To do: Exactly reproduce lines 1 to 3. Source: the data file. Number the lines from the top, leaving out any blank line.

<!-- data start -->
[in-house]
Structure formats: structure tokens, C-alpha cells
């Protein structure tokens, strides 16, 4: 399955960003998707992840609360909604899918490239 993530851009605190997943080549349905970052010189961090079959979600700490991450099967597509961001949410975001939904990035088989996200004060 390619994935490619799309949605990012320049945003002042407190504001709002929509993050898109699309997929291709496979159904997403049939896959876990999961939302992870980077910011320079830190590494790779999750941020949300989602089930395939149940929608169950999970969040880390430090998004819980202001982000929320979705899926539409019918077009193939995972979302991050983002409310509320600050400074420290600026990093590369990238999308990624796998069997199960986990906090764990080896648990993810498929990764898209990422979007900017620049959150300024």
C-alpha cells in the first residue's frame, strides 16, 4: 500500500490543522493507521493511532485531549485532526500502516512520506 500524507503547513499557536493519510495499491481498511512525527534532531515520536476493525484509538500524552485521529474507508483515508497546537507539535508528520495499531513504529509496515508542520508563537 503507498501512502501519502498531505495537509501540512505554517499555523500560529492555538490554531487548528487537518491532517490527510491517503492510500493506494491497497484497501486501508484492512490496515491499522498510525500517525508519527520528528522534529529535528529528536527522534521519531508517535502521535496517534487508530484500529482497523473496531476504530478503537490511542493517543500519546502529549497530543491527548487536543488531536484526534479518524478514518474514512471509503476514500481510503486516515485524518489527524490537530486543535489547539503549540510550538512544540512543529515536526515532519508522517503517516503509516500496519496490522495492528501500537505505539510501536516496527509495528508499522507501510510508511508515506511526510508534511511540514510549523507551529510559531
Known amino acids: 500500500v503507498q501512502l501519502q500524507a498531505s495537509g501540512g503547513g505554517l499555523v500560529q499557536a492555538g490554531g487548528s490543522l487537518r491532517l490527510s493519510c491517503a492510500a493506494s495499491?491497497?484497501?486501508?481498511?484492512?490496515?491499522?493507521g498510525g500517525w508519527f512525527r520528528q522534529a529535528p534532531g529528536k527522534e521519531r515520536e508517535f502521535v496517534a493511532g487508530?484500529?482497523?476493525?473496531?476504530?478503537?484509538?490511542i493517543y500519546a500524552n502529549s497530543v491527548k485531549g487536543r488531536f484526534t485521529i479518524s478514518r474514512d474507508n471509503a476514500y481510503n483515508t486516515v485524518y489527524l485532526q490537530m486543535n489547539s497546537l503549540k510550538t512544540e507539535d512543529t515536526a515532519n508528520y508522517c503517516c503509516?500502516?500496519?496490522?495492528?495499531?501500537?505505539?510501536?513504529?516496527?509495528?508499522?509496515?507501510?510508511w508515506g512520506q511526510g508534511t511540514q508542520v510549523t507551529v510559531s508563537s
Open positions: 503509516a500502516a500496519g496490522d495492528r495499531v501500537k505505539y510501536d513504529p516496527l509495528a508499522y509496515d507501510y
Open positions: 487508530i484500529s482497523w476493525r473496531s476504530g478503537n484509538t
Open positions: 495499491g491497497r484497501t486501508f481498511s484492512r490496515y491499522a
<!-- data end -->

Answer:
[in-house]
Structure formats: structure tokens, C-alpha cells
């Protein structure tokens, strides 16, 4: 399955960003998707992840609360909604899918490239 993530851009605190997943080549349905970052010189961090079959979600700490991450099967597509961001949410975001939904990035088989996200004060 390619994935490619799309949605990012320049945003002042407190504001709002929509993050898109699309997929291709496979159904997403049939896959876990999961939302992870980077910011320079830190590494790779999750941020949300989602089930395939149940929608169950999970969040880390430090998004819980202001982000929320979705899926539409019918077009193939995972979302991050983002409310509320600050400074420290600026990093590369990238999308990624796998069997199960986990906090764990080896648990993810498929990764898209990422979007900017620049959150300024």